Nov 13, 2017

The Student Privacy Protection Act That Doesn’t Protect Student Privacy

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The Student Privacy Protection Act (H.R. 3157 in the 114th Congress) (SPPA) is an attempt to update the 1974 Family Educational Rights and Privacy Act (FERPA) and to repair at least some of the damage caused by the 2012 regulatory changes[1] that gutted many of FERPA’s protections for personally identifiable information (PII), in flagrant disregard of congressional intent.[2] While SPPA contains some positive changes, such as removing the language allowing data for “predictive testing” and improving data-security requirements, many gaps and other issues remain:

SPPA does nothing to stop the invasive expansion of the scope of data collected on children, especially including social emotional learning (SEL) assessments and surveys that were greatly expanded under the Every Student Succeeds Act (ESSA). This is because SPPA allows nonconsensual data use for audits and evaluations of any federal, state or local education program, including those in ESSA.

Releasing PII without consent is an egregious violation of human research ethics.[3]

The list of exceptions to parental-consent requirements for researchers and government entities remains disturbingly large, with no good definition of “legitimate educational interest.” This allows anyone, including corporations and “volunteers” using those magic words, to gain access to the mother lode of student data without the inconvenience of obtaining parental consent.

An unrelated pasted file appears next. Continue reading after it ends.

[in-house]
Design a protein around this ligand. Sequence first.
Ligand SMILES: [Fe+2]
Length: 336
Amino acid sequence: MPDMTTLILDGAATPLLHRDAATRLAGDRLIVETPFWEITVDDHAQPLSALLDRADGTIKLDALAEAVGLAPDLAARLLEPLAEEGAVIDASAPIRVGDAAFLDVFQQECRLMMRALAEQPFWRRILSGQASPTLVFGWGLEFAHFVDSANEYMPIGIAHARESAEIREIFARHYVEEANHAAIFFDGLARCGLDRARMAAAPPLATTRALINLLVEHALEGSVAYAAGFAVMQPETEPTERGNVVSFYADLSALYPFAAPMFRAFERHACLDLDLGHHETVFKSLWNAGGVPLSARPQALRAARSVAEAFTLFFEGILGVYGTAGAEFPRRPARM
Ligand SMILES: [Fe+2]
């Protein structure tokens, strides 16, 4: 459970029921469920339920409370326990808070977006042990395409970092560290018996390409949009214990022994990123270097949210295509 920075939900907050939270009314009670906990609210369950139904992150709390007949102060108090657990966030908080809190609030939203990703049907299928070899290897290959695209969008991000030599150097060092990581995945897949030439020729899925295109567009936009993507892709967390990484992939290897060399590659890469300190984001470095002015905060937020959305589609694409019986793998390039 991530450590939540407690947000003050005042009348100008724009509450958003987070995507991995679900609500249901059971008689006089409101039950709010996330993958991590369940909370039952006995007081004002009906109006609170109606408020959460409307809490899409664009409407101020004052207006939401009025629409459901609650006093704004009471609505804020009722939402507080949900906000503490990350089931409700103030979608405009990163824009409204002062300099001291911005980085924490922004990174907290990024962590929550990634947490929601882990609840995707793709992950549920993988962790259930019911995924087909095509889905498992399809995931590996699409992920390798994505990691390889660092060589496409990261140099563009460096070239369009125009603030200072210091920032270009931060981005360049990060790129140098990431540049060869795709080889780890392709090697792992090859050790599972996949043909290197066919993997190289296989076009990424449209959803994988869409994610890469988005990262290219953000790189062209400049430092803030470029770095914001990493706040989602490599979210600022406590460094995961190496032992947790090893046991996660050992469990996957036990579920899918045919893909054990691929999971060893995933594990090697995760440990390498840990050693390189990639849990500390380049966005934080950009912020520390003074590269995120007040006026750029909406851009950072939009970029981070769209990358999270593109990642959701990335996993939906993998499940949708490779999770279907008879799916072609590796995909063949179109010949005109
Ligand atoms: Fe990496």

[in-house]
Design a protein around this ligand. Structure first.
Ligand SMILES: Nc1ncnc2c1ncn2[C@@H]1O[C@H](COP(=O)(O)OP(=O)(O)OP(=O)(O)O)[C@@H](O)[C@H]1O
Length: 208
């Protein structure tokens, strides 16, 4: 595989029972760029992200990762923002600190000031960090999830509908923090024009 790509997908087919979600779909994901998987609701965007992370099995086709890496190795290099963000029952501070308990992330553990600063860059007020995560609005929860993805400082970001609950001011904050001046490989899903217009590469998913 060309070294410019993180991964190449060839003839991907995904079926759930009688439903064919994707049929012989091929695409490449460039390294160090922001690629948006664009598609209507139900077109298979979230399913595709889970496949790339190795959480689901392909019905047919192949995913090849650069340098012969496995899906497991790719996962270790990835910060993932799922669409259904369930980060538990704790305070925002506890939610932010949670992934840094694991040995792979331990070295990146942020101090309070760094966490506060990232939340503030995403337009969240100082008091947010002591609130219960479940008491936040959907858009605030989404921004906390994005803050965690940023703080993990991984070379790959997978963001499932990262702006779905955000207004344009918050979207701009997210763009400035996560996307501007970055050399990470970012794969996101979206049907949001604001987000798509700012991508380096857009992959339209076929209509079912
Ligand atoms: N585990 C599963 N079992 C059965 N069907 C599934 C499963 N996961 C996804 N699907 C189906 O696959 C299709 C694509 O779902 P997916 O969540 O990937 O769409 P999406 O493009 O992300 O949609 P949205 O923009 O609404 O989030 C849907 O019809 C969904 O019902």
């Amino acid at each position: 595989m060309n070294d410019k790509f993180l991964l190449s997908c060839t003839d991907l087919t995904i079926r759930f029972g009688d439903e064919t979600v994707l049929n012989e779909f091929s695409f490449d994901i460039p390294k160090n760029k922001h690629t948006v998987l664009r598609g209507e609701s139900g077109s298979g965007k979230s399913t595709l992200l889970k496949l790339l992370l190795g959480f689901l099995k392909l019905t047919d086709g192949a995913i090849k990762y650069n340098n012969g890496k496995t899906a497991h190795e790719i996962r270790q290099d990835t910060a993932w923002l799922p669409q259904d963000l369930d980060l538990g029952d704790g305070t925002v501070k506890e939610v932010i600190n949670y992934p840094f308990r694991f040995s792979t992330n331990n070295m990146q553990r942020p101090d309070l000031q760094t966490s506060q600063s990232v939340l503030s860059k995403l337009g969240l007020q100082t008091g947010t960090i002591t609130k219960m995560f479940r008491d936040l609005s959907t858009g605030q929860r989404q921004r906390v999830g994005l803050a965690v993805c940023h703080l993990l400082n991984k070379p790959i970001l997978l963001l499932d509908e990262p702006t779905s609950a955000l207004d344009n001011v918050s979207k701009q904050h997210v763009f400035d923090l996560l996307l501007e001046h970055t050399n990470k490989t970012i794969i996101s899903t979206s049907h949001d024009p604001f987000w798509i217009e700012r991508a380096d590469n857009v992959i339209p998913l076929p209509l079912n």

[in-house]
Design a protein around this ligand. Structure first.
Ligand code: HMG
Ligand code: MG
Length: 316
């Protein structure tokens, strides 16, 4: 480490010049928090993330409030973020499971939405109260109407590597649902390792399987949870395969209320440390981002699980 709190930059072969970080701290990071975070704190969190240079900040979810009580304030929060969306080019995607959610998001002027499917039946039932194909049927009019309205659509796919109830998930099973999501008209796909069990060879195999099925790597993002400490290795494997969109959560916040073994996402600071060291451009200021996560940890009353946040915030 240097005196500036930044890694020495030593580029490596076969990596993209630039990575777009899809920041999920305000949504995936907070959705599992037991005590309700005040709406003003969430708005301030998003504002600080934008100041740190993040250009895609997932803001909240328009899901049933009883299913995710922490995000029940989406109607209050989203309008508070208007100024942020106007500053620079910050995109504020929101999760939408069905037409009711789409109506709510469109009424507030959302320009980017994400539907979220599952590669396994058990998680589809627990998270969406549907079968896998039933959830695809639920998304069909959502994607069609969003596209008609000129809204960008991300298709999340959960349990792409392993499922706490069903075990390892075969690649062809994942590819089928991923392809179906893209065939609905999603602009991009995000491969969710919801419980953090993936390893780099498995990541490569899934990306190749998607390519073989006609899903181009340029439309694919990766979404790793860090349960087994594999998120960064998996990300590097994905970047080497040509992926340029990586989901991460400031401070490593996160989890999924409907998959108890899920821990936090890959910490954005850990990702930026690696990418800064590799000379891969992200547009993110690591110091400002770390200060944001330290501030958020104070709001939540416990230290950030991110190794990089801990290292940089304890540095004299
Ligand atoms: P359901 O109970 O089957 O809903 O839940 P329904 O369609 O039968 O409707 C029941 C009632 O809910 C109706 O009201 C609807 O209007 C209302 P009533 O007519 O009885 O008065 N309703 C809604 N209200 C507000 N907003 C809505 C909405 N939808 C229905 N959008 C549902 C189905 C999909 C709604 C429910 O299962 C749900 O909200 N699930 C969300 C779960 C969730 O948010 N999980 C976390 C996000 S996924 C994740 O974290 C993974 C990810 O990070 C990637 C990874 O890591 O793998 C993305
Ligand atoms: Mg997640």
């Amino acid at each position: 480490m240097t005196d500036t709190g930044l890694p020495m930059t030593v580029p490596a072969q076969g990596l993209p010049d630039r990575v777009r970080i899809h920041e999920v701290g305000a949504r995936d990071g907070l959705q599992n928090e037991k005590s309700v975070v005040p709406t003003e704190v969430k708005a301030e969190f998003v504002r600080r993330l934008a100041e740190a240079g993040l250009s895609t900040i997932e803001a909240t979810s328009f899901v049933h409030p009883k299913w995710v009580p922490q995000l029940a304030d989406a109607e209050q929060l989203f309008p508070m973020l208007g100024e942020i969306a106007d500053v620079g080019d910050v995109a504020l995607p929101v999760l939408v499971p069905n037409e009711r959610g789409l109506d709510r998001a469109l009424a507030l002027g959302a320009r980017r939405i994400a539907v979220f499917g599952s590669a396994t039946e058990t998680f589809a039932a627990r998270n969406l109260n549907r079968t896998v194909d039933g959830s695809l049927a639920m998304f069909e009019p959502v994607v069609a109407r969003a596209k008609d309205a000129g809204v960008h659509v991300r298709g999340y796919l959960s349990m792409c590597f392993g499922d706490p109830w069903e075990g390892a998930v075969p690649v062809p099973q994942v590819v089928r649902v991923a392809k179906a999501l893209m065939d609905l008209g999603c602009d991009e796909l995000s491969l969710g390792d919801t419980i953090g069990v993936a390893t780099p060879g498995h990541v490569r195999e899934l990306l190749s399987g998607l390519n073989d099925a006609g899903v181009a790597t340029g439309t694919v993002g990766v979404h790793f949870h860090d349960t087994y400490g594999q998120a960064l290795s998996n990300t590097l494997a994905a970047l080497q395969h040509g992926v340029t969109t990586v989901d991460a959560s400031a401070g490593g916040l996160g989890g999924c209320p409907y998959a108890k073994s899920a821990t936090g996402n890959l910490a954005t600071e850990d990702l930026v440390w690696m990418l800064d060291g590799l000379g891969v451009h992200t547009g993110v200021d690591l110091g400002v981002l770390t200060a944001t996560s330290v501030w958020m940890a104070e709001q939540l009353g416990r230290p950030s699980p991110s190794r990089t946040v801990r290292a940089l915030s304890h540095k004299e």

SPPA grants no private right of action for students and families harmed by misconduct of researchers or corporations that misuse student data or are responsible for data breaches. Penalties for misconduct go to the federal government for “technical assistance” instead of to the aggrieved students and families whose privacy or lives can be and have been seriously harmed by this data free-for-all.[4]

Under the American system of limited government, student privacy and parental consent should always be considered pre-eminent over the research desires of the government or private sector, especially in the realm of psychological profiling.

The federal government should not be using any data — and especially SEL data — to “improve learning,” because the federal government has no constitutional authority whatsoever to be involved in education.

There is no need for continued data collection and invasion of privacy, because the research is already conclusive that federal education programs “protected” by FERPA are utterly ineffective. This is true of ESEA, Race to the Top/Common Core, Investing in Innovation, Head Start, and home visiting, to name just a few.[5] Federal involvement in education has been a disaster, and no amount of data will overcome institutional incompetence.



[3] – See page 4


[5] References for these claims are compiled at:

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